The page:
This is junior league negotiation at its finest, folks. Suck it up while you see it--rarely will you witness a national representative of a country so down and out, so devoid of ammunition, so weak and prostrate, behave with such highfalutin amateurishness. 

What these gents from Greece simply do not understand it this: there is political climate, limited political reality which does not extend beyond the borders of one's nation . .  . and then there is just flat out simple Reality with a capital R.

When Yanis Varoufakis walks out from beyond the confines of his Greek nation and out into the rest of the world, the political reality of his nation-state dissolves, and Reality reality takes over. As a gesture of kindness, the counterpart ministers that he must negotiate with might make a little bit of room for that political reality in Greece .  .  .  if (and this is a big If) they are feeling amicable and decently stroked and sucked up to by a humble Yanis Varoufakis who achingly explains that he has a tough political reality back at home that he must give appearance of defending. They might all agree on some nugget or morsel component of the financial plan that gives Yanis Varoufakis the ability to come home with the appearance of having won a concession from their European creditors. Perhaps there will be some concession that Varoufakis himself might give in return to the EU reps in private that satisfies them and makes the deal an even framework of give and take behind closed doors, but in public the Greeks can come home with the appearance of having "won."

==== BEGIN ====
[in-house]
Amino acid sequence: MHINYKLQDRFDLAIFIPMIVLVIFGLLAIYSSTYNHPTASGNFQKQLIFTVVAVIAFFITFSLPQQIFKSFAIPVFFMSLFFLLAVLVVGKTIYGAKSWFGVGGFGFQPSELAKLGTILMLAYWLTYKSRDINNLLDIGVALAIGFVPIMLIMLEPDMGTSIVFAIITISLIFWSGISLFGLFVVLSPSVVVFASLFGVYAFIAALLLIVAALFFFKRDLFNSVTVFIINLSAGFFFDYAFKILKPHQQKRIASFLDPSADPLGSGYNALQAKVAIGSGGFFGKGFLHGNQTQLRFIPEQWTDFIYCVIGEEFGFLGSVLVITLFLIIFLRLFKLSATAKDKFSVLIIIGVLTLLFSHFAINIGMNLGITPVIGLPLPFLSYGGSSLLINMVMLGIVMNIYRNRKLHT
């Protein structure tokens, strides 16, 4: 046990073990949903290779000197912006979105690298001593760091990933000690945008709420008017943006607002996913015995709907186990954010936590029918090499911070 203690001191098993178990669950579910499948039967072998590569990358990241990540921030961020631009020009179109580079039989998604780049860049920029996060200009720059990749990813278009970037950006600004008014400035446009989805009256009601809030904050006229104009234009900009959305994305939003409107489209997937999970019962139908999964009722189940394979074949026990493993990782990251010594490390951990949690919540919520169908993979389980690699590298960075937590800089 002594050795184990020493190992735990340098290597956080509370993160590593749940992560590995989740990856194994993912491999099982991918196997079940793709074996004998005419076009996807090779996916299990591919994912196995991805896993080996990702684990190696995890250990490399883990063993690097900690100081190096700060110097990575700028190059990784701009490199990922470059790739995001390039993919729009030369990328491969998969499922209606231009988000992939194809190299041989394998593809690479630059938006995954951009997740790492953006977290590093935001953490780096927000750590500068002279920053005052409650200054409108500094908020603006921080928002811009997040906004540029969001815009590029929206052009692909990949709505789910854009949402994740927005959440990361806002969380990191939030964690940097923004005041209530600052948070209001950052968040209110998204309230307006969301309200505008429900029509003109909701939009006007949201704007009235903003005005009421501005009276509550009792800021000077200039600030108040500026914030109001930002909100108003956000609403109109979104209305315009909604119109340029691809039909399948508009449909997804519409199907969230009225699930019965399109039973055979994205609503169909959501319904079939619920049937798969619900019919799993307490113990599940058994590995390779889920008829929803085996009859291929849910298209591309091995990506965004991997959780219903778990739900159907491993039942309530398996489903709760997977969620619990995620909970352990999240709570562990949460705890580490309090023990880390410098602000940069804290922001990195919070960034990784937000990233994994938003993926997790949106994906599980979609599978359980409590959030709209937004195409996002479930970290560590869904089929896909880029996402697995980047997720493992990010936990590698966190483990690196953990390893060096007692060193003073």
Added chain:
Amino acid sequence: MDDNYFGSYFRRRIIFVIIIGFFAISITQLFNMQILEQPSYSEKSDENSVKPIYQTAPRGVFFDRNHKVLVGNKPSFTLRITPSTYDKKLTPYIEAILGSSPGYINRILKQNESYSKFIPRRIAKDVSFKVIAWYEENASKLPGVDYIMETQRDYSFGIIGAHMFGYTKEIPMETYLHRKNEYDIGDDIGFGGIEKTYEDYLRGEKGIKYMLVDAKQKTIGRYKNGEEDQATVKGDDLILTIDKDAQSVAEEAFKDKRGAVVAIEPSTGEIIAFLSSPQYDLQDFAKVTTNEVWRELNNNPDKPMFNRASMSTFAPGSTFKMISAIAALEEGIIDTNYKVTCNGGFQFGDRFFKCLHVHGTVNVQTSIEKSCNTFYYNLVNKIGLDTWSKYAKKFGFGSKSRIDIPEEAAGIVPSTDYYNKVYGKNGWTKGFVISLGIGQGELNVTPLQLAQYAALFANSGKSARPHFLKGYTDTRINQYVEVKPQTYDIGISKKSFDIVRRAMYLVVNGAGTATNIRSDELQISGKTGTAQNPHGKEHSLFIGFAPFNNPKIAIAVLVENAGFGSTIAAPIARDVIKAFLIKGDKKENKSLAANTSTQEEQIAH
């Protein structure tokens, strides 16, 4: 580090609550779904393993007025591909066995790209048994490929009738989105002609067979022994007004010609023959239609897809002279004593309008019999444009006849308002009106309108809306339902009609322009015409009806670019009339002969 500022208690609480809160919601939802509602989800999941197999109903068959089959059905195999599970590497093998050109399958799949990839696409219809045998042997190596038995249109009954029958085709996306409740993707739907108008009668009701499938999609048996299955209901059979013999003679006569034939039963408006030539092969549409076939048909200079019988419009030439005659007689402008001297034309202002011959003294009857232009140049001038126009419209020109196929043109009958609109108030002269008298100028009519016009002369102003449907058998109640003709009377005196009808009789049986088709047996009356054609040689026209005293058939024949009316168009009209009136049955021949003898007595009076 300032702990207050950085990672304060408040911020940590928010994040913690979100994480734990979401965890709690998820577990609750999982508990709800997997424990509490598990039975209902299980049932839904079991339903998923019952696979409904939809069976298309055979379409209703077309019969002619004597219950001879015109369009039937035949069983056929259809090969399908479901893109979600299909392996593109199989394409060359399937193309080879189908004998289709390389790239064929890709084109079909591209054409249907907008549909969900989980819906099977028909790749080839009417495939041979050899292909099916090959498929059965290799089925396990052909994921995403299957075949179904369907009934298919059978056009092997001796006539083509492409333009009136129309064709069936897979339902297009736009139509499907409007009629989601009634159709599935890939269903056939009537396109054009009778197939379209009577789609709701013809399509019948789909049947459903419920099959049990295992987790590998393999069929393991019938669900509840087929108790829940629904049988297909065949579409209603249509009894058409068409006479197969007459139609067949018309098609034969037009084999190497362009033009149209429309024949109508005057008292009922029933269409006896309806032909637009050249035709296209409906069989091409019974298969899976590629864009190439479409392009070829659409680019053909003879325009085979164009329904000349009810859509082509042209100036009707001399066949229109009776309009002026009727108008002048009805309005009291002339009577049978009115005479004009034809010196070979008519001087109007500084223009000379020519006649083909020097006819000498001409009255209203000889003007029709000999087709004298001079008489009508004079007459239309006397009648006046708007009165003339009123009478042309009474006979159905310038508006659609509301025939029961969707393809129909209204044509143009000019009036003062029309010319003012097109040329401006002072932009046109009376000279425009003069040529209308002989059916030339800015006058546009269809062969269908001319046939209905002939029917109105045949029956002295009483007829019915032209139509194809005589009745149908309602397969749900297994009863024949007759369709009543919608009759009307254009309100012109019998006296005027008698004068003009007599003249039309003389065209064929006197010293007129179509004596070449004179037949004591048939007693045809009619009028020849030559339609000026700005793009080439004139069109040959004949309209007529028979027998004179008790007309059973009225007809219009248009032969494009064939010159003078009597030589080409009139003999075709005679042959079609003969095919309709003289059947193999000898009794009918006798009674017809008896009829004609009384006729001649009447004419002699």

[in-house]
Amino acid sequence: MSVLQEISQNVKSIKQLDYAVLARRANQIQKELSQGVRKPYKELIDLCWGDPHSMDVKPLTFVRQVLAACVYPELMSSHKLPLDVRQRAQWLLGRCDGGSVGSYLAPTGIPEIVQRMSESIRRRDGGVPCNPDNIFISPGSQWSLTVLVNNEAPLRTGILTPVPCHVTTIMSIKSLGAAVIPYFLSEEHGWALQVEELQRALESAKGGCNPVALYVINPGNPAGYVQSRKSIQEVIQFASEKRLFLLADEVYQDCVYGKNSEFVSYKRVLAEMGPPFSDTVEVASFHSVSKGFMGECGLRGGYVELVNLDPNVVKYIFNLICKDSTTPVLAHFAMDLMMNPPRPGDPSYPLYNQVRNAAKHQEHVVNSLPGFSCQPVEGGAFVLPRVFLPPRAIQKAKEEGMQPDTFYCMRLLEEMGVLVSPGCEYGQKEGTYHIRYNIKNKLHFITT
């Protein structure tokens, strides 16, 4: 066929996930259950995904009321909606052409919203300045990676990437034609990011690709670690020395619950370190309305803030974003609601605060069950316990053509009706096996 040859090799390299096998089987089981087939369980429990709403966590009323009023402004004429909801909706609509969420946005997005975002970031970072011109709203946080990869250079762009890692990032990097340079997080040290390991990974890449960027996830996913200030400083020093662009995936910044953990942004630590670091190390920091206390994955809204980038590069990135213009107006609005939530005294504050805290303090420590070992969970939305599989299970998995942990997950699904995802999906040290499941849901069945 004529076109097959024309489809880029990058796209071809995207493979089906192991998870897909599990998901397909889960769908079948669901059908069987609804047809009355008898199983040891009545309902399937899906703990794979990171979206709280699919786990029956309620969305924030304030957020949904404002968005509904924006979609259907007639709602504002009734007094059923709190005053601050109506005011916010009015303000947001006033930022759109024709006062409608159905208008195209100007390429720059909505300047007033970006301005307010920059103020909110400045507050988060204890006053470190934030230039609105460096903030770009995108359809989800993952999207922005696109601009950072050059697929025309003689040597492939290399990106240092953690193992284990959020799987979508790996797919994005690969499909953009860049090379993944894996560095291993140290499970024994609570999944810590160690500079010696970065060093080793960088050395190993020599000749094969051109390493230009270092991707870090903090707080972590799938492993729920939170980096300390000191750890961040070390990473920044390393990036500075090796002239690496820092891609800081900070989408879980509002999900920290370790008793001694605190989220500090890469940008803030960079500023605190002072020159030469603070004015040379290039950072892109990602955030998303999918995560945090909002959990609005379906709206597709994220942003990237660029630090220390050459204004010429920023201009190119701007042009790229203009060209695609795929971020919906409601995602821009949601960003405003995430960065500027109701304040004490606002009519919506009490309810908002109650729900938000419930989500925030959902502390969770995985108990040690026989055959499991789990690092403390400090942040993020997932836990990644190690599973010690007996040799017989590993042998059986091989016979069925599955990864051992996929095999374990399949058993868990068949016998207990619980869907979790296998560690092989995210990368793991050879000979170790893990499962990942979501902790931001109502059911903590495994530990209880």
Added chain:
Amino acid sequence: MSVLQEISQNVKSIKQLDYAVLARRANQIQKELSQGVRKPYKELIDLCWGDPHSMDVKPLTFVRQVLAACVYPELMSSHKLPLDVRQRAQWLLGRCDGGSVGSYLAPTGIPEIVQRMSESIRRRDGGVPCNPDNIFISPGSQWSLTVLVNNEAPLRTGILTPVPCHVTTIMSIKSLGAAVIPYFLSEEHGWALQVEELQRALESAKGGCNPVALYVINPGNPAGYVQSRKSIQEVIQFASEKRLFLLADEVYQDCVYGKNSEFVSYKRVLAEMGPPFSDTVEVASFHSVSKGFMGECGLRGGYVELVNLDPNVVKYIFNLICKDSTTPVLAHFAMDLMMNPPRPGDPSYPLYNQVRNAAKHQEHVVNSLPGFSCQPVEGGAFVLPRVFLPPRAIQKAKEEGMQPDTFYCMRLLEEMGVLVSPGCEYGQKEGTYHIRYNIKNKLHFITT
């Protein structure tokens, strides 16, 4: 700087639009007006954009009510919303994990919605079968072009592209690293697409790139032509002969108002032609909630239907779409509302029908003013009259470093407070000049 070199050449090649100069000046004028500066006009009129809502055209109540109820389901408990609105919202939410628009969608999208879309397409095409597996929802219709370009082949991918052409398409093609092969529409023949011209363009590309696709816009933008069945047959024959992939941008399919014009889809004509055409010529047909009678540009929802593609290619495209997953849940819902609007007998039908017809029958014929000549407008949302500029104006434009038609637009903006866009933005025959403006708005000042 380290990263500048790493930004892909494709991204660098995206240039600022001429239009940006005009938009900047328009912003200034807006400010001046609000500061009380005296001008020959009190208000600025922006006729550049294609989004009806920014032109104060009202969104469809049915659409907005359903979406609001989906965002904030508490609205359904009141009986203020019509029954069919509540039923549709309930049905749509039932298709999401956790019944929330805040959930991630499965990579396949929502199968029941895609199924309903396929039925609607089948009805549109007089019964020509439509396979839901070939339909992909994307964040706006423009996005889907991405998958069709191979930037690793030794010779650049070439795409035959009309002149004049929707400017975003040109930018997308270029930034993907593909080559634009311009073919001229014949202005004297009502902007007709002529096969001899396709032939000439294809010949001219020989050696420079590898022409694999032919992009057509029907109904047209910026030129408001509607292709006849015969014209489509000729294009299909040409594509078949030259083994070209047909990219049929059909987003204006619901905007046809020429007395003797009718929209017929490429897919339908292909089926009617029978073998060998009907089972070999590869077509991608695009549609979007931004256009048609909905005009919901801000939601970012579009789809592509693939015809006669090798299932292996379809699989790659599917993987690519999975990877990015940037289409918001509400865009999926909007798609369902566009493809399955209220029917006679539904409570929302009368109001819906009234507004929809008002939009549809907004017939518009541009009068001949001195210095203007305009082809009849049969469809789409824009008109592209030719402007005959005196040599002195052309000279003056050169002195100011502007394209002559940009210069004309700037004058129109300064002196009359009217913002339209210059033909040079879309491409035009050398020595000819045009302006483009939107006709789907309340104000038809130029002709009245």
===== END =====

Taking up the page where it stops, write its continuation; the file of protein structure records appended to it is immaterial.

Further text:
That is diplomacy. That is negotiation. That is diplomacy and negotiation even when both sides have very large sets of muscles and can threaten one another equally. In a situation such as we have here, what the Greeks have been doing is a historical lesson on how not to win concessions. You don't make like your political cronies are the only observers in the world that matter at all, and ridicule the folks who are able to insure your survival as a functioning nation state member of the civilized world. You don't ridicule them as "absurd."